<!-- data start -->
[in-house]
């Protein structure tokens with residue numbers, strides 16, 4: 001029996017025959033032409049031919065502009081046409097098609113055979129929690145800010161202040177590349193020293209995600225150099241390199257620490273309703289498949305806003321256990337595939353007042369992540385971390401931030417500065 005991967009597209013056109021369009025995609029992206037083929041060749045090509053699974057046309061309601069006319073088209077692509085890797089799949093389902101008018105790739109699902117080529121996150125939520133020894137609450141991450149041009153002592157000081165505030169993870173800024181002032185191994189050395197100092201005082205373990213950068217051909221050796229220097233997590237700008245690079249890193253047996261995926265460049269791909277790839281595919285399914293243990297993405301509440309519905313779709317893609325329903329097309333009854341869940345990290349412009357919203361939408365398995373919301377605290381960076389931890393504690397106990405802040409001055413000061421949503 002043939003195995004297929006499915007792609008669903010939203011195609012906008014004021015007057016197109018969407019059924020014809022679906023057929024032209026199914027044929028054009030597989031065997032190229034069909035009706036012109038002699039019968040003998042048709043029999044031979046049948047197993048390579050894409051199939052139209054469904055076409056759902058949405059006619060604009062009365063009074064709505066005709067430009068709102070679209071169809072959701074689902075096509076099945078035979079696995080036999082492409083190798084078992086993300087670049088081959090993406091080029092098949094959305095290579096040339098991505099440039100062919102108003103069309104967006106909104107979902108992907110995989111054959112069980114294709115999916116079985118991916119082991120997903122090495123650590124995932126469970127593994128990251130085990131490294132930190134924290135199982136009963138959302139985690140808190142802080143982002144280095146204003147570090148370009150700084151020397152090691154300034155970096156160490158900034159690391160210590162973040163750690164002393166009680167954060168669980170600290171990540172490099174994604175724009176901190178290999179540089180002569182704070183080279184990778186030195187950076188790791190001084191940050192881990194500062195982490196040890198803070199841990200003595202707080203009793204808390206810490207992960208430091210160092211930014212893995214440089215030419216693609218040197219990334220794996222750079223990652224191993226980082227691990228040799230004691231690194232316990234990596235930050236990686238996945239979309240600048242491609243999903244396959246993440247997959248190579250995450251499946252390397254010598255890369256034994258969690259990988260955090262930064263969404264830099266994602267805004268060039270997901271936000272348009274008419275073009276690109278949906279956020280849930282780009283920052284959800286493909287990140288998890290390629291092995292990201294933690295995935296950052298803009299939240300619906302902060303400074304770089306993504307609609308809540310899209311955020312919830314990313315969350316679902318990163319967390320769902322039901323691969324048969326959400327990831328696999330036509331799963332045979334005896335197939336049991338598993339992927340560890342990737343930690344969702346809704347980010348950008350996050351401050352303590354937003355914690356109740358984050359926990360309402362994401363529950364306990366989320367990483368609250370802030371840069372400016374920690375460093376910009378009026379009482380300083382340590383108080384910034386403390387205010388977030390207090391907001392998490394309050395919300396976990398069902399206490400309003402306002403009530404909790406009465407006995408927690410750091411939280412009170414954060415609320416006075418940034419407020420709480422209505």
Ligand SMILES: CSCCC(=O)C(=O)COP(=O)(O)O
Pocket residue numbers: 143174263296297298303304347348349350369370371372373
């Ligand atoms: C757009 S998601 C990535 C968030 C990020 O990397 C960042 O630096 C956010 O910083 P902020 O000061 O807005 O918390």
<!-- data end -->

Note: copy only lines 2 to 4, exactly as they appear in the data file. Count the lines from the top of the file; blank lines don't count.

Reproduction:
């Protein structure tokens with residue numbers, strides 16, 4: 001029996017025959033032409049031919065502009081046409097098609113055979129929690145800010161202040177590349193020293209995600225150099241390199257620490273309703289498949305806003321256990337595939353007042369992540385971390401931030417500065 005991967009597209013056109021369009025995609029992206037083929041060749045090509053699974057046309061309601069006319073088209077692509085890797089799949093389902101008018105790739109699902117080529121996150125939520133020894137609450141991450149041009153002592157000081165505030169993870173800024181002032185191994189050395197100092201005082205373990213950068217051909221050796229220097233997590237700008245690079249890193253047996261995926265460049269791909277790839281595919285399914293243990297993405301509440309519905313779709317893609325329903329097309333009854341869940345990290349412009357919203361939408365398995373919301377605290381960076389931890393504690397106990405802040409001055413000061421949503 002043939003195995004297929006499915007792609008669903010939203011195609012906008014004021015007057016197109018969407019059924020014809022679906023057929024032209026199914027044929028054009030597989031065997032190229034069909035009706036012109038002699039019968040003998042048709043029999044031979046049948047197993048390579050894409051199939052139209054469904055076409056759902058949405059006619060604009062009365063009074064709505066005709067430009068709102070679209071169809072959701074689902075096509076099945078035979079696995080036999082492409083190798084078992086993300087670049088081959090993406091080029092098949094959305095290579096040339098991505099440039100062919102108003103069309104967006106909104107979902108992907110995989111054959112069980114294709115999916116079985118991916119082991120997903122090495123650590124995932126469970127593994128990251130085990131490294132930190134924290135199982136009963138959302139985690140808190142802080143982002144280095146204003147570090148370009150700084151020397152090691154300034155970096156160490158900034159690391160210590162973040163750690164002393166009680167954060168669980170600290171990540172490099174994604175724009176901190178290999179540089180002569182704070183080279184990778186030195187950076188790791190001084191940050192881990194500062195982490196040890198803070199841990200003595202707080203009793204808390206810490207992960208430091210160092211930014212893995214440089215030419216693609218040197219990334220794996222750079223990652224191993226980082227691990228040799230004691231690194232316990234990596235930050236990686238996945239979309240600048242491609243999903244396959246993440247997959248190579250995450251499946252390397254010598255890369256034994258969690259990988260955090262930064263969404264830099266994602267805004268060039270997901271936000272348009274008419275073009276690109278949906279956020280849930282780009283920052284959800286493909287990140288998890290390629291092995292990201294933690295995935296950052298803009299939240300619906302902060303400074304770089306993504307609609308809540310899209311955020312919830314990313315969350316679902318990163319967390320769902322039901323691969324048969326959400327990831328696999330036509331799963332045979334005896335197939336049991338598993339992927340560890342990737343930690344969702346809704347980010348950008350996050351401050352303590354937003355914690356109740358984050359926990360309402362994401363529950364306990366989320367990483368609250370802030371840069372400016374920690375460093376910009378009026379009482380300083382340590383108080384910034386403390387205010388977030390207090391907001392998490394309050395919300396976990398069902399206490400309003402306002403009530404909790406009465407006995408927690410750091411939280412009170414954060415609320416006075418940034419407020420709480422209505």
Ligand SMILES: CSCCC(=O)C(=O)COP(=O)(O)O
Pocket residue numbers: 143174263296297298303304347348349350369370371372373